How can you calculate the probability distribution of the period length of a linear congruential generator? That is $X_{n+1} = (aX_n + c) \bmod m$ where $a$ is chosen uniformly at random from $\{1,\dots, m-1\}$ and $c$ is chosen uniformly at random from $\{0,\dots, m-1\}$ and $m$ is a fixed prime. Take $X_0$ to be some arbitrary value from $\{0,\dots, m-1\}$.

If it is hard to do exactly, is it possible to give good bounds for the cdf?


This may not address the question exactly, but the results derived indicate that the final answer may depend on the factors common to $a-1$ and $m$.

A preliminary lemma and theorem

Lemma: Suppose $p$ is prime and $j\ge2$. Then, unless $p=j=2$, $$ p^k\,|\,n\implies\left.p^{k-j+2}\,\middle|\,\binom{n}{j}\right.\tag{1} $$ Furthermore, $$ 2^k\,|\,n\implies\left.2^{k-1}\,\middle|\,\binom{n}{2}\right.\tag{2} $$

Proof: Unless $p=j=2$, $j\lt p^{j-1}$. Thus, $j$ has at most $j-2$ factors of $p$. Then $(1)$ follows from the binomial identity $$ \binom{n}{j} = \frac nj\binom{n-1}{j-1} $$ $(2)$ follows from $$ \binom{n}{2}=\frac n2(n-1) $$ $\square$

Theorem: Suppose that $$ \begin{align} &\text{(a) for all primes $p$, }p\mid m\implies p\mid a-1\\ &\text{(b) }4\mid m\implies4\mid a-1 \end{align} $$ Then, $$ \left.m\,\middle|\,\frac{a^n-1}{a-1}\right.\implies m\,|\,n $$

Proof: Assume $\left.m\,\middle|\,\dfrac{a^n-1}{a-1}\right.$. For simplicity of notation, let $r=a-1$. Then $$ \frac{a^n-1}{a-1}=\sum_{j=1}^n\binom{n}{j}r^{j-1}\tag{3} $$ For any odd $p\,|\,m$, assume that $p^k\,|\,n$ and $\left.p^{k+1}\,\middle|\,\dfrac{a^n-1}{a-1}\right.$. Using $(3)$, we get $$ n\equiv-\sum_{j=2}^n\binom{n}{j}r^{j-1}\pmod{p^{k+1}}\tag{4} $$ The Lemma and the assumption that $p\,|\,m\implies p\,|\,r$ says that $p^{k-j+2}p^{j-1}=p^{k+1}$ divides each term in $(4)$. Thus, $p^{k+1}\,|\,n$. Bootstrapping, we get that for any odd $p\,|\,m$, $$ \left.p^k\,\middle|\,\frac{a^n-1}{a-1}\right.\implies p^k\,|\,n\tag{5} $$ If $2\,|\,m$, then $\left.2\,\middle|\,\dfrac{a^n-1}{a-1}\right.$. Using $(3)$, we get $$ n\equiv-\sum_{j=2}^n\binom{n}{j}r^{j-1}\pmod{2}\tag{6} $$ The assumption that $p\,|\,m\implies p\,|\,r$ says that $2$ divides each term in $(6)$. Thus, $2\,|\,n$; that is, $$ \left.2\,\middle|\,\frac{a^n-1}{a-1}\right.\implies2\,|\,n\tag{7} $$ If $4\,|\,m$, then assume that $2^k\,|\,n$ and that $\left.2^{k+1}\,\middle|\,\dfrac{a^n-1}{a-1}\right.$. Using $(3)$, we get $$ n\equiv-\sum_{j=2}^n\binom{n}{j}r^{j-1}\pmod{2^{k+1}}\tag{8} $$ The Lemma and the assumption that $4\,|\,m\implies4\,|\,r$ says that $2^{k-j+1}4^{j-1}=2^{k+j-1}$ divides each term in $(8)$. Since $j\ge2$, we have $2^{k+1}\,|\,n$. Bootstrapping, we get that $$ \left.2^k\,\middle|\,\frac{a^n-1}{a-1}\right.\implies 2^k\,|\,n\tag{9} $$ $(5)$ and either $(7)$ or $(9)$ show that $$ \left.m\,\middle|\,\frac{a^n-1}{a-1}\right.\implies m\,|\,n\tag{10} $$ $\square$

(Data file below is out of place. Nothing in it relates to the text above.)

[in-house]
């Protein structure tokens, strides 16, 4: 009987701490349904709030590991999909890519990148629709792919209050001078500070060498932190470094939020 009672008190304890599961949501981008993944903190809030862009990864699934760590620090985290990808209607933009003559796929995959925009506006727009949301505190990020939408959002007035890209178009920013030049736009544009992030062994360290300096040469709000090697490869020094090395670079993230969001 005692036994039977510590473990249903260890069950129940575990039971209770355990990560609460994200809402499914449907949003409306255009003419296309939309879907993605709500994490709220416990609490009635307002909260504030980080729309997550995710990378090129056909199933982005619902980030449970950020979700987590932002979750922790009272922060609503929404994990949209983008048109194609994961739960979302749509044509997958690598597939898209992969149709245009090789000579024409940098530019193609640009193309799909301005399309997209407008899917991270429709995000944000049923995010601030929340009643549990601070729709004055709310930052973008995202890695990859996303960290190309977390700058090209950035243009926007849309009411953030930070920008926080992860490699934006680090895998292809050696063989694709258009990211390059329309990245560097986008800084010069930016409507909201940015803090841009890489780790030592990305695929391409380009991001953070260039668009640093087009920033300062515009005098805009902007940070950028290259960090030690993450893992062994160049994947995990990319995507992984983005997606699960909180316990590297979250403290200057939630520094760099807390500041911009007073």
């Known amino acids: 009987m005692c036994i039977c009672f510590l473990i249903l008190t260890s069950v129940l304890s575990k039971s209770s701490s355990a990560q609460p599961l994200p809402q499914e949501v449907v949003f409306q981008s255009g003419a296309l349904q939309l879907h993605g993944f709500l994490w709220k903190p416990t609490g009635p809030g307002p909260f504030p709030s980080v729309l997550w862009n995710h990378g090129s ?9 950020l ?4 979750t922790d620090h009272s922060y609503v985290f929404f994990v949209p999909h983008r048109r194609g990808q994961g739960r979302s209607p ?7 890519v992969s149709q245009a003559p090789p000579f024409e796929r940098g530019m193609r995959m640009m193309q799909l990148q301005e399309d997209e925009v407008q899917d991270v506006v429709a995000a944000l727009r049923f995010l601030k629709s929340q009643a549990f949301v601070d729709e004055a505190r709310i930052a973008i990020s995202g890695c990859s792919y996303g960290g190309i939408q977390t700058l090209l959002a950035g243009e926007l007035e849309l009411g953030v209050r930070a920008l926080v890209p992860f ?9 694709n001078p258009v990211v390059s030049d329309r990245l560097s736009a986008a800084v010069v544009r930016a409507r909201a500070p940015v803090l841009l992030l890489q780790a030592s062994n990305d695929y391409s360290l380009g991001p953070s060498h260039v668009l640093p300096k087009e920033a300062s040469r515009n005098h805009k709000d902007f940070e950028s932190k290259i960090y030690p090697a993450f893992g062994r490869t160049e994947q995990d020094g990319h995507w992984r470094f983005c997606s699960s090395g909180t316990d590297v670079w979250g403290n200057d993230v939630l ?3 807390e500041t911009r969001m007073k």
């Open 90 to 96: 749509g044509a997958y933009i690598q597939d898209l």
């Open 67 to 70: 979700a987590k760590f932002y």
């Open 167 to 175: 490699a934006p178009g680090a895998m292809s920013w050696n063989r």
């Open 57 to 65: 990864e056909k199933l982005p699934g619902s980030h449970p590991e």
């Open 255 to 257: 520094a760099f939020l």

Suppose the sequence $x_k$ is defined by the recurrence $$ x_{k+1}=ax_k+b\tag{11} $$ then, inductively, we have $$ x_k=a^kx_0+\frac{a^k-1}{a-1}b\tag{12} $$ Multiplying by $a-1$ and adding $1$ yields $$ \frac{a^{k_1}-1}{a-1}\equiv\frac{a^{k_2}-1}{a-1}\pmod{m}\implies a^{k_1}\equiv a^{k_2}\pmod{m}\tag{13} $$ Therefore, to investigate the periodicity of $x_k$, we look at the periodicity of $\dfrac{a^k-1}{a-1}\bmod{m}$.

To maximize the range of $x_k$ ,we will assume that $(a,m)=(b,m)=1$. This implies $$ \begin{align} \frac{a^{k_1}-1}{a-1}\equiv\dfrac{a^{k_2}-1}{a-1}\pmod{m} &\implies\frac{a^{k_1-k_2}-1}{a-1}a^{k_2}\equiv0\pmod{m}\\[6pt] &\implies\frac{a^{k_1-k_2}-1}{a-1}\equiv0\pmod{m}\tag{14} \end{align} $$ That is, the period of $x_k$ is the smallest positive $n$ for which $$ \frac{a^n-1}{a-1}\equiv0\pmod{m}\tag{15} $$ By the theorem above, $m\,|\,n$ and since there are only $m$ residue classes $\bmod{\,m}$, we must have $n=m$. Thus,

Theorem: Suppose $$ \begin{align} &\text{(a) for all primes $p$, }p\mid m\implies p\mid a-1\\ &\text{(b) }4\mid m\implies4\mid a-1\\ &\text{(c) }\gcd(b,m)=1 \end{align} $$ Then the modular sequence defined by $$ x_{n+1}\equiv ax_n+b\pmod{m} $$ has period $m$.


There's not much of a distribution there. The period is $1$ if $a=1$ and $c=0$ or if $a\ne1$ and $X_0=c/(1-a)$; otherwise it's $m-1$.

  • $\begingroup$ Is $c/(1-a)$ uniformly distributed? $\endgroup$ – ArtM Nov 27 '12 at 13:32
  • $\begingroup$ @ArtM: Yes, it's just $(1-a)^{-1}$ times $c$, so it takes all $m$ values as $c$ ranges over all $m$ values. $\endgroup$ – joriki Nov 27 '12 at 13:42
  • $\begingroup$ @ArtM: You're welcome! $\endgroup$ – joriki Nov 27 '12 at 14:01
  • $\begingroup$ @ArtM: Sorry, there was a mistake; the period is otherwise $m-1$, not $m$. $\endgroup$ – joriki Nov 27 '12 at 14:59
  • $\begingroup$ @joriki, how about $a=6$, $c=3$, $m=7$ and $X_0 = 1$. This has period $2$ doesn't it? I.e. the sequence $1,2,1,2,1,\dots$. $\endgroup$ – Raphael Nov 27 '12 at 20:17

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